Briefing of TSL 16 on a cold Friday night sounded like…
“Please, guys remember one thing about the race. It’s cold outside, and tomorrow will be colder. If you fall, and you don’t know how to survive, to do a strap or anything, we’ll have a problem. The cold can get to you before we do, it can be dangerous out there. As soon as you find an area where you have a network, please stay there and call us.
It’s a simple equation: if you fall, you die. So please, just hold it together.
Oh and please, try at least to always pair with other runners, especially during the night.
We have wolves here.”
Pardon me, WHAT?!!
It was supposed to be my last ultra-race of the year.
I chose TSL 16 – also known as Trail des Sources de la Loire – because I needed some points for CCC.
It was supposed to be hard and smooth.
But what I found on that trail that day goes far beyond any points for CCC, far beyond running itself.
What if I told you, TSL 16 was an eye opener, and that I found some truth during that last race of the year?
Go ahead darling, start too fast…
The first part of TSL 16 is rolling. Alexandre and I just took off with the front of the pack, and just found our (little too fast) rhythm in the cold morning. The scenery was breath-taking, the fields were covered with a light morning frozen, and you could see the peaks over the clouds, immersed by the morning fog and the Sun slowly coming up. The atmosphere was like in a fairy tale, beautiful, blue, and cold, so cold (minus 4!), nobody wanted to stop and take pictures. It would have implied to take off the gloves. No way!
Everything felt good, I was following Alexandre, running up (yes running! Not walking) the hills. When I passed one volunteer around KM5 my mind clicked. You’re the first woman! he said. Not for long, I laughed back. But then the game was on. Fucking mind, fucking ego, fucking competition.
You’re not here for any position, you’re here for the CCC points, so slow down. I tried. And failed miserably. Fighting between two states of mind: how far can you hold that pace said my evil voice; slow down, finishing is what matters, you’re burning yourself out, said the wiser one. How perfect would it be, starting the season with a DNF, and finishing better than in Barcelona?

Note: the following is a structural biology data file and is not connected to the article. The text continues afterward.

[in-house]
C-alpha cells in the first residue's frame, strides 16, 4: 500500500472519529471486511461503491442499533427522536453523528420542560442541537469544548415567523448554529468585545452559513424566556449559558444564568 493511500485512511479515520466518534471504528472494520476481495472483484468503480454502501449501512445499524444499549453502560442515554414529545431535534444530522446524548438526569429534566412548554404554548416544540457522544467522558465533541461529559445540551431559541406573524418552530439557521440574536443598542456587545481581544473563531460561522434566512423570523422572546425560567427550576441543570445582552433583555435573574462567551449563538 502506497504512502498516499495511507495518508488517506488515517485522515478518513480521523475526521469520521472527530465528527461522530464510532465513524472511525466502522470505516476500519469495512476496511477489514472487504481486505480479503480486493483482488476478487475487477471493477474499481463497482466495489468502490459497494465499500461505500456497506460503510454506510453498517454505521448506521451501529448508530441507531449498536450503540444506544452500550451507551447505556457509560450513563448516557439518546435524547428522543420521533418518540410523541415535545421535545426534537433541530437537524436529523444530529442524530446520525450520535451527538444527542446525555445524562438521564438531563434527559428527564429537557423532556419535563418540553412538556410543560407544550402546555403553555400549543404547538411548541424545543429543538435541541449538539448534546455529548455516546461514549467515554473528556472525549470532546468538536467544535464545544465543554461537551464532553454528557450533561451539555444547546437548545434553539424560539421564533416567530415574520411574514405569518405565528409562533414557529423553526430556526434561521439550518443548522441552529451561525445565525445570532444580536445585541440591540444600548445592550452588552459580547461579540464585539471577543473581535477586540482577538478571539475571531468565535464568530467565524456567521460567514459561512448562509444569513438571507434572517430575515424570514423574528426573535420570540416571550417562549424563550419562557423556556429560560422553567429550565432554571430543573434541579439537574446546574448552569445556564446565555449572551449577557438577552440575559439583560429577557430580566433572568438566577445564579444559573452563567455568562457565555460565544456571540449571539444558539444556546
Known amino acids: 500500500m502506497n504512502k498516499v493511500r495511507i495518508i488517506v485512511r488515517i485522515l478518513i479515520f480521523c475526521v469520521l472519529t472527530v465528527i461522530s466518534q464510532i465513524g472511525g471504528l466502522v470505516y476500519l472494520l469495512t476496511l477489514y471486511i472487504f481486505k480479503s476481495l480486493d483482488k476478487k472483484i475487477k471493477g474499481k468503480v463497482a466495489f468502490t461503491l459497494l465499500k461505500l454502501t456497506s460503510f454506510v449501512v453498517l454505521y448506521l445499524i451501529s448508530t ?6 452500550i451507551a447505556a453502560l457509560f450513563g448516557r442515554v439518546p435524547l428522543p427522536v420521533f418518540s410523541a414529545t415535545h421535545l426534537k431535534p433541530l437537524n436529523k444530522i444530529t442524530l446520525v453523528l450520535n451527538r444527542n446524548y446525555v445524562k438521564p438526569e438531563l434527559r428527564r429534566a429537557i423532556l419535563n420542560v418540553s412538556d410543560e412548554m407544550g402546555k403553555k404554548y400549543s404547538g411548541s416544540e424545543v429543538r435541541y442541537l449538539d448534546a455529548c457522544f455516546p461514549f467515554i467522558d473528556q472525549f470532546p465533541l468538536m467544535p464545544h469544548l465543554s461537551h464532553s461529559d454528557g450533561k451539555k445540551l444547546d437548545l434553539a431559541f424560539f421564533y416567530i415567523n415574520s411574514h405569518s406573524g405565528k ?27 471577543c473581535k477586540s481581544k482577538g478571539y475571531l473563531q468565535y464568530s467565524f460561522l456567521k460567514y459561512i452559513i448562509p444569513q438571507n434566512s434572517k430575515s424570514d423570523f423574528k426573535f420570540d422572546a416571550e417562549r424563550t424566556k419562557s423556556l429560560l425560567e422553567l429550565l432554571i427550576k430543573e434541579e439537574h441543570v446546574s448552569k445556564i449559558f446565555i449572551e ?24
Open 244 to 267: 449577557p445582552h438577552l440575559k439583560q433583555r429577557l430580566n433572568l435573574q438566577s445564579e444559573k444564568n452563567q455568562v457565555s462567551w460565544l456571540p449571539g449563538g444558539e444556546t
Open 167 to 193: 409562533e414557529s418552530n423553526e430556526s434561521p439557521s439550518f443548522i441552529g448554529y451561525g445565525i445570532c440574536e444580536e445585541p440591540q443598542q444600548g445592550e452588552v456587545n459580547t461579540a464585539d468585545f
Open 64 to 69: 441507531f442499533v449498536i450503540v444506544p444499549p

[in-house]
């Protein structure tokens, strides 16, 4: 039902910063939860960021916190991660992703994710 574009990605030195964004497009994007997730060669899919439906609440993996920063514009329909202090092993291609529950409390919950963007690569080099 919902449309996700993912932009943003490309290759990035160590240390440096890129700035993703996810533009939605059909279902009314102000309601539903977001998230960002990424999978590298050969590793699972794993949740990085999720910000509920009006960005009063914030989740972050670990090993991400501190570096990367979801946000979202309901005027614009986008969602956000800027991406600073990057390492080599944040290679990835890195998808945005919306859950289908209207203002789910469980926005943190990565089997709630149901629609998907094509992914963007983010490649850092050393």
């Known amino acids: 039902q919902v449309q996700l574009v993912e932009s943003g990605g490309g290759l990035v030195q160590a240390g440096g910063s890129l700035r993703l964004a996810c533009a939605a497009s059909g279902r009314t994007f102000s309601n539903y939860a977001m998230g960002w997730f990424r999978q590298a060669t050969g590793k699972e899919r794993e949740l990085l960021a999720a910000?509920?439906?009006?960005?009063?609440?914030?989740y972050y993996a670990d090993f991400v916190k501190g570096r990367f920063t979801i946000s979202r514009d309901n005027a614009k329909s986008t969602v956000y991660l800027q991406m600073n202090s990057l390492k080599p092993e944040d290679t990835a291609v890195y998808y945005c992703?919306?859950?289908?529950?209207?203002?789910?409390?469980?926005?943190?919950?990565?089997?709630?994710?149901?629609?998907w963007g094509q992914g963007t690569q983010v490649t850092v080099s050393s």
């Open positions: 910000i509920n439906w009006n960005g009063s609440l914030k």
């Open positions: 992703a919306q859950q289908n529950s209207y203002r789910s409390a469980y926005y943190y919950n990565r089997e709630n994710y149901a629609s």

… and burn!
At a certain point, I took some time to take pictures. Between the amazing single tracks covered with gold leaves, hiding the difficulty of the trail (understand rocks and holes), the arches made of gold trees, and the leaves dancing down in the wind, the scenery was beautiful. I thought, what the hell are you going to show in your blog about TSL 16 if you keep focusing on running? What’s the point of going in the middle of nowhere if you don’t take in what Mother Nature has to offer? A volunteer soon reminded me again, that I was the first woman, so I pushed again. Unknown people chase you, and it’s thrilling. It’s a rush of adrenaline, a fight to know how far you can go that way.
Run, darling, run. And don’t look behind your shoulder.
While Mrs. Reason was trying to get in the way of my silly ambitions, talking me down and reminding me the essentials, I looked behind my shoulder in a steep downhill where the scenery was beautiful. And there I saw a pink jacket. I took off in a second, professionally ignoring the pain in my legs and my breathing, ignoring everything Mrs. Reason was trying to teach me. Again.
How long was I supposed to hold it?
Yes, you nailed it. I was burning. Or burned?
If you don’t listen to the signs, someone else will force you to
After leading the women pack for 12KM and 1:17H from the start, my body sent me a little reminder.
So you don’t wanna listen? Ok, fair enough, be prepared.
First I felt the fatigue, remembering me, that I hadn’t sleep enough the whole week prior to the race, not to mention the night before, and that I’ve been sick since Sunday.
With a snap of your fingers, my energy just left me.
Just like that.
In a second, I felt completely empty. Every hill became a nightmare. I couldn’t breathe properly, and my usually beloved downhill became pure torture. Something is wrong I thought. And I couldn’t help it, remembering how I felt after 9K into the race in Portugal beginning of the year.
Starting a big hill, I felt relieved when the other women passed me.
Good morning! – one told me with her eyes smiling warmly at me.
I was waiting for you, I answered in one breath.
And it was true. Now I’d be able to focus on the race, the pictures, and myself because I was not chased anymore. Alexandre told me to focus. You decided to run TSL 16 for a reason, hold on to it! Everything else is an option, but we finished this! And he took off, leaving me with my thoughts at the beginning of what would be a hell of nightmare ascent.
Every runner knows that moment in a race. You know it, I know it, we’ve all been through it.
Usually it’s late in the race, you are struggling hard to keep the pace. Maybe you’re slower. It’s harder.
The pain is finally getting to you. And there it is.
Your mind starts playing games.
You’re asking yourself the $64.000 question…
“Honestly darling, why are you doing this to you?”